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Rob Morris
Rob Morris

The Lion King

Jan 30, 2017

Moore High School junior Aaron McCadden relishes his place as manager of the Lions football and basketball teams because it gives him a chance play a vital role in the teams’ successes. It also helps others see that his autism and cerebral palsy don’t limit his ability to contribute to the world.


“I was hoping to play football at first, but I couldn’t,” said Aaron. “So during the summer of my freshman year I went to a booster meeting to talk about the importance of football to the school, and I ended up being a manager.”


Lions head coach Paul Hix said that when Aaron’s mother talked to him about her son becoming a manager and he jumped at the idea.


“It’s been great having Aaron working with us,” said Hix. “He has such a great and funny personality that brings a lot of fun to the team.”


Hix said he got a quick introduction to Aaron’s sense of humor during his very first conversation with about the football manager’s duties.

“He asked, ‘What time do I need to be there, Coach?’ ” and I told him we started workouts at around 6:30 a.m. and he’d probably need to be here around 6:15,” said Hix. “He said, ‘Well, normally I sleep until about nine, so I don’t know if that’s gonna work.’ ”


But it did work, and it helped Aaron make the transition from a tentative and shy freshman to a robust junior who is involved in numerous activities around the campus.


“I consider that being part of all these things one of the best parts of being at Moore High School,” said Aaron. “You get to help the teams and also go to a lot of different places for games and tournaments.”


Aaron says that the level of acceptance and encouragement at Moore High School has gone far beyond his involvement with the athletic program.


“The first day I came to MHS I met a lot of really nice people that became good friends,” said Aaron. “That gave me a feeling of confidence, that I could be successful in high school.”


Aaron’s mother, Cheryl McCadden, said that watching her son blossom at Moore High School has been thrilling.


“For any parent of a child, with or without disabilities, it’s tough watching them make that transition from junior high to high school,” said Cheryl. “For a child with special needs, you worry about them being picked on, being accepted and all of those things.”

Not only has Aaron been accepted, but he has also excelled in numerous areas, including being named to the school’s National Honor Society and being crowned as Moore High School’s “Lion King” earlier this fall. McCadden was invited to participate in the pageant by senior Madilynn Grimes, a member of the high school pom squad. The Lion King pageant features male students dancing to highlight their talent. Aaron was the first special needs student to be invited to participate, and the student body responded by enthusiastically embracing him.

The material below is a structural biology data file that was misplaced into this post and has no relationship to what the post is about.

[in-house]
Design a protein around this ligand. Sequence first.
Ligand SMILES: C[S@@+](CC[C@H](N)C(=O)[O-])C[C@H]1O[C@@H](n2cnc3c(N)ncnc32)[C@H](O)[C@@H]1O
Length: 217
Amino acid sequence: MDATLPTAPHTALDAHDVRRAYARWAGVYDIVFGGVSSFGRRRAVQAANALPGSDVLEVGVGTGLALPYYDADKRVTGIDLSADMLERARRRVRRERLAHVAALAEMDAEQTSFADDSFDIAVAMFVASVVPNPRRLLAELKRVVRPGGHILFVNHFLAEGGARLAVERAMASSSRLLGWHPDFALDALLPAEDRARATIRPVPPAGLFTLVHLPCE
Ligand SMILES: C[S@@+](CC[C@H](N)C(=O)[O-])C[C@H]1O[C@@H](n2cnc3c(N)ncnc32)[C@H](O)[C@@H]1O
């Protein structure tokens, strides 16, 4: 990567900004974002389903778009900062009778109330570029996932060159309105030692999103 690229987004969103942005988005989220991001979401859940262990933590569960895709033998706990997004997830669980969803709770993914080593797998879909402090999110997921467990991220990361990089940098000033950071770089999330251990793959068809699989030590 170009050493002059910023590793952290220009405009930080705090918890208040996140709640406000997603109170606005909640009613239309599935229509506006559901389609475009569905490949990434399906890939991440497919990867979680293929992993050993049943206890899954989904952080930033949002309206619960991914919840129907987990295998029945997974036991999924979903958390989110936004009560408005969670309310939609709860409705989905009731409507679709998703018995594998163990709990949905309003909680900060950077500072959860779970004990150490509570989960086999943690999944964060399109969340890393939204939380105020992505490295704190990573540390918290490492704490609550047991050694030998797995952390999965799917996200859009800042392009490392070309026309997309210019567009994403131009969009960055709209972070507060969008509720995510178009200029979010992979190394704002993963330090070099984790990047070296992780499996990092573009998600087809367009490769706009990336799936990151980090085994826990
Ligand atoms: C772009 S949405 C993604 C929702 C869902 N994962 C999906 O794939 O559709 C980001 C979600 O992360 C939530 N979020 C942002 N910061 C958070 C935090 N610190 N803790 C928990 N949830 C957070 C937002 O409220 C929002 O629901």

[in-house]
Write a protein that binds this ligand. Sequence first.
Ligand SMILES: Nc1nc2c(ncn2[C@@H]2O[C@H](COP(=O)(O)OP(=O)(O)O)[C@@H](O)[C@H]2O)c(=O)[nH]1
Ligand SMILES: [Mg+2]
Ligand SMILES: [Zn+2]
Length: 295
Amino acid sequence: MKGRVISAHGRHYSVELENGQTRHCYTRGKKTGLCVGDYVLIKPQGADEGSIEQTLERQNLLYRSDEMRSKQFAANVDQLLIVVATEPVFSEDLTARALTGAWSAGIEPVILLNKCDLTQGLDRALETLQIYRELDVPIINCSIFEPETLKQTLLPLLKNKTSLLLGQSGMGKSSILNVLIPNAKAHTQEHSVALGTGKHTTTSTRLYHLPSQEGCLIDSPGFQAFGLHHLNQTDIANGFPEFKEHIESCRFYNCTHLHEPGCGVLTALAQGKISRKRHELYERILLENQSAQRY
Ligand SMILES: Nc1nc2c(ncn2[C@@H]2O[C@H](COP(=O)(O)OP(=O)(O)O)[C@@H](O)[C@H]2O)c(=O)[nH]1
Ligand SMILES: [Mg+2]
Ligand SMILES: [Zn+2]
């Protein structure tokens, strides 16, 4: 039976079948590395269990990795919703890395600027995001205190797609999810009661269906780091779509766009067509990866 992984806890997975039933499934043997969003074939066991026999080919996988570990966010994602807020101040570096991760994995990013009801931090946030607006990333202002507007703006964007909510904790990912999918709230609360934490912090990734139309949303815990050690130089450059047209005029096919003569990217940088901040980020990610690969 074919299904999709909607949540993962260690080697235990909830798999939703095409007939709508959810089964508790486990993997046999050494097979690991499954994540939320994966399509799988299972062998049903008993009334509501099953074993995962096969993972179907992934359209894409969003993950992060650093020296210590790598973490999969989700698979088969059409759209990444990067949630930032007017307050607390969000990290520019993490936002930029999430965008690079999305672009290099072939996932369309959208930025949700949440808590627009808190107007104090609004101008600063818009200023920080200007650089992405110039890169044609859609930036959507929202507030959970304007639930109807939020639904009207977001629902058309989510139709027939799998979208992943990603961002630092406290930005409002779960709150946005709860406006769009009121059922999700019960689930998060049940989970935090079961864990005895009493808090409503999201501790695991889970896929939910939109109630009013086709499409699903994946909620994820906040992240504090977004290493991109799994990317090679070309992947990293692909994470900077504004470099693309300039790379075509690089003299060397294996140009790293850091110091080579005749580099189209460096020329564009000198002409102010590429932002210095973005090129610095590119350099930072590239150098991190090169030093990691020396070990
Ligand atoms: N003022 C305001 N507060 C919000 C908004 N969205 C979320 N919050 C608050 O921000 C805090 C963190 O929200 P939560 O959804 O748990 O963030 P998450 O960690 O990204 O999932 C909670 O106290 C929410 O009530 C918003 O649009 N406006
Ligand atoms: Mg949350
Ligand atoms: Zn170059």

Cheryl said, “For him to be able to be part of the football and basketball teams, to be a part of the Lion King, all of these things have brought him full circle to being out of his shell, feeling like he’s a regular part of the school.”


Cheryl said the way the Moore High School community has embraced Aaron, and other special needs students has encouraged her to push to create more opportunities for those students. She hopes to help start a program similar to Southmoore’s “SuperCats” cheerleading squad.


“I’m really hoping that this has opened the door, not just for Aaron, but also for other kids coming into this school,” said Cheryl. “They all deserve a chance to be put in the limelight.”


In the meantime, Aaron is working hard at his classes and spending time volunteering for community activities. He has recently spent time volunteering at the Moore Food Resource Center and wrapping gifts at Ally’s House. Cheryl says it’s important for her son to realize that even though he battles autism and cerebral palsy, there are others who have more or even worse things to face.


“The model in our house is: you have a disability, the disability does not have you,” said Cheryl, “So do not let the disability define who you are. You are Aaron. You are not cerebral palsy and autism.”


For Aaron, who loves spending time with his family talking about school and all the other facets of his busy life, he understands that he has a chance to pay forward the great things he’s experienced this year.


“Being a Moore Lion means you get to help people to believe in themselves and build confidence in the future,” said Aaron.

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